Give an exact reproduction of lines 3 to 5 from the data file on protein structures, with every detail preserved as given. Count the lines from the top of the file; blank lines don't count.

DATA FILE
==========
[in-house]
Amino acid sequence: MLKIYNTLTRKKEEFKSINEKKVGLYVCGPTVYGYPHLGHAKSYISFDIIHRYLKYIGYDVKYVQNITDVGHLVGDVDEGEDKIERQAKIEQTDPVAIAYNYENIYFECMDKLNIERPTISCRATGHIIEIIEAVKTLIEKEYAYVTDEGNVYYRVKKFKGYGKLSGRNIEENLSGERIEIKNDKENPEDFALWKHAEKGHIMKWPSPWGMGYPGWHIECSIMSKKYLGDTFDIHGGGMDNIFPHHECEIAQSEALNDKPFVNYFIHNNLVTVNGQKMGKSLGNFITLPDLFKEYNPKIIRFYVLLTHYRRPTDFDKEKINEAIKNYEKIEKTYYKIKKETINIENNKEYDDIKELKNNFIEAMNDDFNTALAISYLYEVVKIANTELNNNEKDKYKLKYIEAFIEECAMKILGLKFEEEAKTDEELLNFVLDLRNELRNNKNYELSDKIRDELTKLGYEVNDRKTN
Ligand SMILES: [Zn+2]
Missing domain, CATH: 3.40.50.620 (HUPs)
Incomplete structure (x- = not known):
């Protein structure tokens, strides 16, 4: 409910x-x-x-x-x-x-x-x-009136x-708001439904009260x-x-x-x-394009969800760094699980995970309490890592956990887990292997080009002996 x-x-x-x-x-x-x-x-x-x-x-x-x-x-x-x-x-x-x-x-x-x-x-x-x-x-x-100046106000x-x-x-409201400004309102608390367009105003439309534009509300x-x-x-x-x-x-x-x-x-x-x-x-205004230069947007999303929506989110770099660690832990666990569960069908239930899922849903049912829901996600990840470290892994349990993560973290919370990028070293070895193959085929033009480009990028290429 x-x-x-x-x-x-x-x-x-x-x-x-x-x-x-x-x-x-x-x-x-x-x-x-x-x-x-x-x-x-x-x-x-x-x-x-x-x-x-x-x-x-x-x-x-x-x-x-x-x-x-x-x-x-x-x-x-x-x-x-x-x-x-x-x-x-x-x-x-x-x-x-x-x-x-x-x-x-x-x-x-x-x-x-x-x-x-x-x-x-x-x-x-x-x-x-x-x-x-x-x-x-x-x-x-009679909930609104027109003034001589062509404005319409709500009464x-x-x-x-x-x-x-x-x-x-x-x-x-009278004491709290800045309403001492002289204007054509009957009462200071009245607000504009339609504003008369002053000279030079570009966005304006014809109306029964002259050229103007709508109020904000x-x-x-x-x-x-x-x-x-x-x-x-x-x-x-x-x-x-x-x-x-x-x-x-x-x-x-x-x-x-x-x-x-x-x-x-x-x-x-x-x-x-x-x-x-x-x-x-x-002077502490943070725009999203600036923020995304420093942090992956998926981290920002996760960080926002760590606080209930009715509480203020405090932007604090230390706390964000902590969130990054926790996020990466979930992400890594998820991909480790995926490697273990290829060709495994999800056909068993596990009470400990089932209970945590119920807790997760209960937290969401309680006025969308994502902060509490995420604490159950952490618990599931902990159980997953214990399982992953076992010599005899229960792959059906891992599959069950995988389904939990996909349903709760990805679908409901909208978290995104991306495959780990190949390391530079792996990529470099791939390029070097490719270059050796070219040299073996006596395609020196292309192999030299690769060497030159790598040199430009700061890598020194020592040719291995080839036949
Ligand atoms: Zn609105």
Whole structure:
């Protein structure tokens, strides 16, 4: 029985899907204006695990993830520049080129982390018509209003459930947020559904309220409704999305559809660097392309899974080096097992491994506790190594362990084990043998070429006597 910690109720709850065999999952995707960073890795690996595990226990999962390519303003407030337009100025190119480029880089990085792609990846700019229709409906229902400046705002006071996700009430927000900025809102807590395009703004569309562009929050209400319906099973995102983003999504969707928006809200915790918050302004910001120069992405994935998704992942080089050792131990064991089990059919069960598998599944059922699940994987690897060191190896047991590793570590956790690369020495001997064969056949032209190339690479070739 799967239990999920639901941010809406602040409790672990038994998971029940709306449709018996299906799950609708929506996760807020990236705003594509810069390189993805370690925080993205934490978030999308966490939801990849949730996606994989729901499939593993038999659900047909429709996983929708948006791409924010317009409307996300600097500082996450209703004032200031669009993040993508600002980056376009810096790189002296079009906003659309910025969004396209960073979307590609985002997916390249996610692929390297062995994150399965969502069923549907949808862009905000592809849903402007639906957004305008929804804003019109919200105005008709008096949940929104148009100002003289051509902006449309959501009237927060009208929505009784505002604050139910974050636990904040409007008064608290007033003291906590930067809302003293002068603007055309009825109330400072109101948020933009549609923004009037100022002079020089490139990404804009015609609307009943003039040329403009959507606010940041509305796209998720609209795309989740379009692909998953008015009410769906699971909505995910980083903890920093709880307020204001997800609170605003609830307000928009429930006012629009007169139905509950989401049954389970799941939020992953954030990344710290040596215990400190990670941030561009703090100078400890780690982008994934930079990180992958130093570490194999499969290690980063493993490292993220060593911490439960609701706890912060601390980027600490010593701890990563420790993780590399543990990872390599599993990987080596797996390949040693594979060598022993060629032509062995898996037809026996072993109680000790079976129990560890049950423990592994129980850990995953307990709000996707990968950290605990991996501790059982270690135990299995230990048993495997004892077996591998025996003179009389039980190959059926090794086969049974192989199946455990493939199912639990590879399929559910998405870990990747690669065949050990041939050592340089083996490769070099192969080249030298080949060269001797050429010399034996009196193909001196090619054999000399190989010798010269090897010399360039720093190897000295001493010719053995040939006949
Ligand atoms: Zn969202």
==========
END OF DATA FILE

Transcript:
Ligand SMILES: [Zn+2]
Missing domain, CATH: 3.40.50.620 (HUPs)
Incomplete structure (x- = not known):